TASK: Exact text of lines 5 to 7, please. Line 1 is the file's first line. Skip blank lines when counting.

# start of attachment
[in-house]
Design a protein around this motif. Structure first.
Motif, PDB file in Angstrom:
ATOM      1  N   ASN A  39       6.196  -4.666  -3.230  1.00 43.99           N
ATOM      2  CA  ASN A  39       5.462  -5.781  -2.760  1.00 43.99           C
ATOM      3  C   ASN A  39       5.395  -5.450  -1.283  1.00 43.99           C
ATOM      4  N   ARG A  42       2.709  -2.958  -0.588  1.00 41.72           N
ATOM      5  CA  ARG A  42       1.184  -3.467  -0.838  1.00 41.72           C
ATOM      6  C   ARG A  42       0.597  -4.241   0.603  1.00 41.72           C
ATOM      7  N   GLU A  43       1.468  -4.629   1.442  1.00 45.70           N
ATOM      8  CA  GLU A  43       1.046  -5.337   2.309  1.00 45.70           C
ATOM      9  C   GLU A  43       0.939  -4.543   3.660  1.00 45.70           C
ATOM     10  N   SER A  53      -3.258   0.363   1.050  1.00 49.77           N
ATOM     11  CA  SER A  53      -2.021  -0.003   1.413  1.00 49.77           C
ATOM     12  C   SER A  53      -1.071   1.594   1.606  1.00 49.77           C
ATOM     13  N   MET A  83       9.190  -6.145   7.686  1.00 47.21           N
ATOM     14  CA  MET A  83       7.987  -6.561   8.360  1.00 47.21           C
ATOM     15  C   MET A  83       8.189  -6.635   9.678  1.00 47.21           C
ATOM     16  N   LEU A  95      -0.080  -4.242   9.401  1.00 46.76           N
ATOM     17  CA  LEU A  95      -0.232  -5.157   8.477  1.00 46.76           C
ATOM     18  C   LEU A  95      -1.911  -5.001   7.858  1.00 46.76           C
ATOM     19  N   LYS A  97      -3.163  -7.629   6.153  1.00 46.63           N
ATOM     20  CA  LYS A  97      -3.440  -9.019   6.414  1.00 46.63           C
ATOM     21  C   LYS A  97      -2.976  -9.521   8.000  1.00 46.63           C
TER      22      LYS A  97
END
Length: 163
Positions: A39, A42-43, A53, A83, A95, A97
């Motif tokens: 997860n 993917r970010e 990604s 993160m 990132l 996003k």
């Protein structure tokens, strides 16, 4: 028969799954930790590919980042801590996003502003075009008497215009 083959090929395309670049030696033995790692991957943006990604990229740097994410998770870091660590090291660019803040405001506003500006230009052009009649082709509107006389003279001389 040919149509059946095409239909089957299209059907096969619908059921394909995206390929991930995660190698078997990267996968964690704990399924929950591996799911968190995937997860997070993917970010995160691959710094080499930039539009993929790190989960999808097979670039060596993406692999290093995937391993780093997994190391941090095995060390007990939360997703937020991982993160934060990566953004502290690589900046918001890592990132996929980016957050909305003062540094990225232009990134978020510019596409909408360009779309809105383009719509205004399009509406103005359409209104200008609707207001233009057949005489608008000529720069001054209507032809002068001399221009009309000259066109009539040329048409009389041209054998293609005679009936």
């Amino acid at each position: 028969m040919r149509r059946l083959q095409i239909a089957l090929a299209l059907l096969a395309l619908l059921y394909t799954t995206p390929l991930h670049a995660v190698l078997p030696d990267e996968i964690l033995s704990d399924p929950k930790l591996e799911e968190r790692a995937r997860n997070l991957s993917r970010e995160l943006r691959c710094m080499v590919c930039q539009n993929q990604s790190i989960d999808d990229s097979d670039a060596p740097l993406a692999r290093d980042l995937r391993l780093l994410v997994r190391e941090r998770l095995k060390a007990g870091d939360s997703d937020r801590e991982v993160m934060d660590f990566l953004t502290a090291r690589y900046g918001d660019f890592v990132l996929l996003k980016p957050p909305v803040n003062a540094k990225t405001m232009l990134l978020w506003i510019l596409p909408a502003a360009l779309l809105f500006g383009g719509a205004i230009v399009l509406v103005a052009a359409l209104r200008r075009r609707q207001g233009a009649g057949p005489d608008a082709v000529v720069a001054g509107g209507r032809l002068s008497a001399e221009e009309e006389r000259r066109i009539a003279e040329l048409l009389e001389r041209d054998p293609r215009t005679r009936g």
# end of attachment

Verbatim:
ATOM      2  CA  ASN A  39       5.462  -5.781  -2.760  1.00 43.99           C
ATOM      3  C   ASN A  39       5.395  -5.450  -1.283  1.00 43.99           C
ATOM      4  N   ARG A  42       2.709  -2.958  -0.588  1.00 41.72           N